In the past, I've always taken the default settings of a codec for this.
Sure you remember correct here?  ;)
Your revision history (page 31 in revision 3 and page 30 in revision 4) says that "FLAC’s encoding and decoding is now with the undocumented –no-md5-sum"


Re: Comparing lossless codecs, with or without MD5

Reply #3
If playback doesn't use MD5 (players don't use flac.exe for decoding), then that's the speed people see 99% of the time when dealing with FLACs...

Re: Comparing lossless codecs, with or without MD5

Reply #4
If playback doesn't use MD5 (players don't use flac.exe for decoding), then that's the speed people see 99% of the time when dealing with FLACs...
Hi there rutra80, how's it goin'?
What is the opposite of music?

 

Re: Comparing lossless codecs, with or without MD5

Reply #5
In the past, I've always taken the default settings of a codec for this.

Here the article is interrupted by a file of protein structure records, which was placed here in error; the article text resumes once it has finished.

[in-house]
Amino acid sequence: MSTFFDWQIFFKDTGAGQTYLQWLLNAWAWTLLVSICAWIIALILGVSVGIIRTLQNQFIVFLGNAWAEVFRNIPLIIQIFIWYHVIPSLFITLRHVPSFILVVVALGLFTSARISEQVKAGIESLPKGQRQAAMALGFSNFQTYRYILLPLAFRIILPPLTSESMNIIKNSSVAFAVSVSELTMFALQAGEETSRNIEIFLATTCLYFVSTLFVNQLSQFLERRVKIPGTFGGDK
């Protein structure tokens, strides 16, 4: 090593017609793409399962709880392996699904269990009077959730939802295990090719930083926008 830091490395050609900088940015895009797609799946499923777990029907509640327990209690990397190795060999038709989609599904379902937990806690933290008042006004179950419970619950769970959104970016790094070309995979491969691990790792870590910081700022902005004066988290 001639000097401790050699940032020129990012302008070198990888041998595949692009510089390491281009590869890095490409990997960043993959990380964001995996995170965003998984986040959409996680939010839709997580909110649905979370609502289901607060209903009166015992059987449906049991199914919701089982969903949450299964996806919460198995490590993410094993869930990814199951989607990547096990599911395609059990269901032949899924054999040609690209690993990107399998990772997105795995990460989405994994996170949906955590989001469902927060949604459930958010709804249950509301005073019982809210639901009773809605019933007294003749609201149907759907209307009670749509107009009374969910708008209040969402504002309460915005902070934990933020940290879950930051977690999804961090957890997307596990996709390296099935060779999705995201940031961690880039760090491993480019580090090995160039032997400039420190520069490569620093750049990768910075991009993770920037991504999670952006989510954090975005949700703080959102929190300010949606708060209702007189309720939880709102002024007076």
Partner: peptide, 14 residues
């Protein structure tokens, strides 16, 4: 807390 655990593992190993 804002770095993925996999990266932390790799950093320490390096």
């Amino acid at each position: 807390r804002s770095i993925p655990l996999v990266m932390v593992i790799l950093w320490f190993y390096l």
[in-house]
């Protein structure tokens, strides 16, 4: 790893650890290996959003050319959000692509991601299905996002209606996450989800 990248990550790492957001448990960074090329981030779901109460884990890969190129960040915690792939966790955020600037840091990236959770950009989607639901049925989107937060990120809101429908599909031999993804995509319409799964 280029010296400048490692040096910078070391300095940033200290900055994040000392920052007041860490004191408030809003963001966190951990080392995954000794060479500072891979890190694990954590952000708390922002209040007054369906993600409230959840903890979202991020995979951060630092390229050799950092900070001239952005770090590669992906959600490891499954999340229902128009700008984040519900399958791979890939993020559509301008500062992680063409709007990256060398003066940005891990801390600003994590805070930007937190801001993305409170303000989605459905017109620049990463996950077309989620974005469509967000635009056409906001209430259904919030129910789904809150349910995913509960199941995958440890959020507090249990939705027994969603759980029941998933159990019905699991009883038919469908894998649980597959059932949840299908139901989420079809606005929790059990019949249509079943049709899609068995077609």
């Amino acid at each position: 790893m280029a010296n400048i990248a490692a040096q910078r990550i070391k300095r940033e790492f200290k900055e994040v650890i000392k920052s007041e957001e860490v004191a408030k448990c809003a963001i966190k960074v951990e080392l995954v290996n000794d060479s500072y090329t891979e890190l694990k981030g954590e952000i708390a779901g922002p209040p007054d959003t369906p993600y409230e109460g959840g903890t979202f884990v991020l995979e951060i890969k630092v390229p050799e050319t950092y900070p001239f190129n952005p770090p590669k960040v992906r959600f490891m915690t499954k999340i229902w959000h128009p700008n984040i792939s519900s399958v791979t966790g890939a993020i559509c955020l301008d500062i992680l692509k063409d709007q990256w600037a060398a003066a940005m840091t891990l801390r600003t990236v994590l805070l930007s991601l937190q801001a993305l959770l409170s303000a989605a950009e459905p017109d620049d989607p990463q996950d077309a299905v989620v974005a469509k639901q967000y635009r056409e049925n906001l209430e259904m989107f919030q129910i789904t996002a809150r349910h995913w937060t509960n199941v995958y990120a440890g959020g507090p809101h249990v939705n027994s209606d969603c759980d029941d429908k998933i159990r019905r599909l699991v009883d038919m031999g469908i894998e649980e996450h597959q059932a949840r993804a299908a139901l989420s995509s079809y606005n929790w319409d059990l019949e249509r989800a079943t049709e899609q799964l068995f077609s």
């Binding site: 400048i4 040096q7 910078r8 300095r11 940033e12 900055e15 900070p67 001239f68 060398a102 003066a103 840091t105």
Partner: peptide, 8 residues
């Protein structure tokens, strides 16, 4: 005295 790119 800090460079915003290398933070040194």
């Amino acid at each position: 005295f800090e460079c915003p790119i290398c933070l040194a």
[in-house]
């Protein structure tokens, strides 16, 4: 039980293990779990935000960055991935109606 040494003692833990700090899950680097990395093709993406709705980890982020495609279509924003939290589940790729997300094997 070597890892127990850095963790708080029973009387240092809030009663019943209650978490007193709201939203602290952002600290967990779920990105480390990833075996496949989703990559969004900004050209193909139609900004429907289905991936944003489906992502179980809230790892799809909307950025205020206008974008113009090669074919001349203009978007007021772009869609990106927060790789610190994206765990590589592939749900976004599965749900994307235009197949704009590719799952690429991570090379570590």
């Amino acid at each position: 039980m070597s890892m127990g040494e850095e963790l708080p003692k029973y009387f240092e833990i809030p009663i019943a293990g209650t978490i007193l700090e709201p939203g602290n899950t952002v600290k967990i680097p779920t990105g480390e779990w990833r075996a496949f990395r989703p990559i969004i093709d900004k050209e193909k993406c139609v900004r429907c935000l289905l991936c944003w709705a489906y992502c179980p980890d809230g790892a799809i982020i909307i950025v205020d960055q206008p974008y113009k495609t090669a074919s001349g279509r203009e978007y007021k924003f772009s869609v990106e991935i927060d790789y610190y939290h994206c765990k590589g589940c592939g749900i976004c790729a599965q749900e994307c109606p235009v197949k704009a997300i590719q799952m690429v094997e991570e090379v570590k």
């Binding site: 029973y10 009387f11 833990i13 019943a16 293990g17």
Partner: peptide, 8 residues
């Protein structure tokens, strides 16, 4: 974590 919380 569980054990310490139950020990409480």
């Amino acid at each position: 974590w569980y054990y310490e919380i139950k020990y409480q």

Sure you remember correct here?  ;)
Not anymore now, no. Apparently I misremembered that detail.

So, it seems revisions 3 and 4 disabled MD5 sum computation for FLAC. I can say for certain revision 5 did not: all codecs are at their default settings. For future reference, I'll dump my scripts here (should have done that much earlier). I should have done that for revision 3 and 4 too, now I can't seem to find what I did back then.

The scripts haven't been 'cleaned up' or anything, and they're not to my usual coding standards (i.e. they're pretty messy but they work). I just post them for future reference.
Music: sounds arranged such that they construct feelings.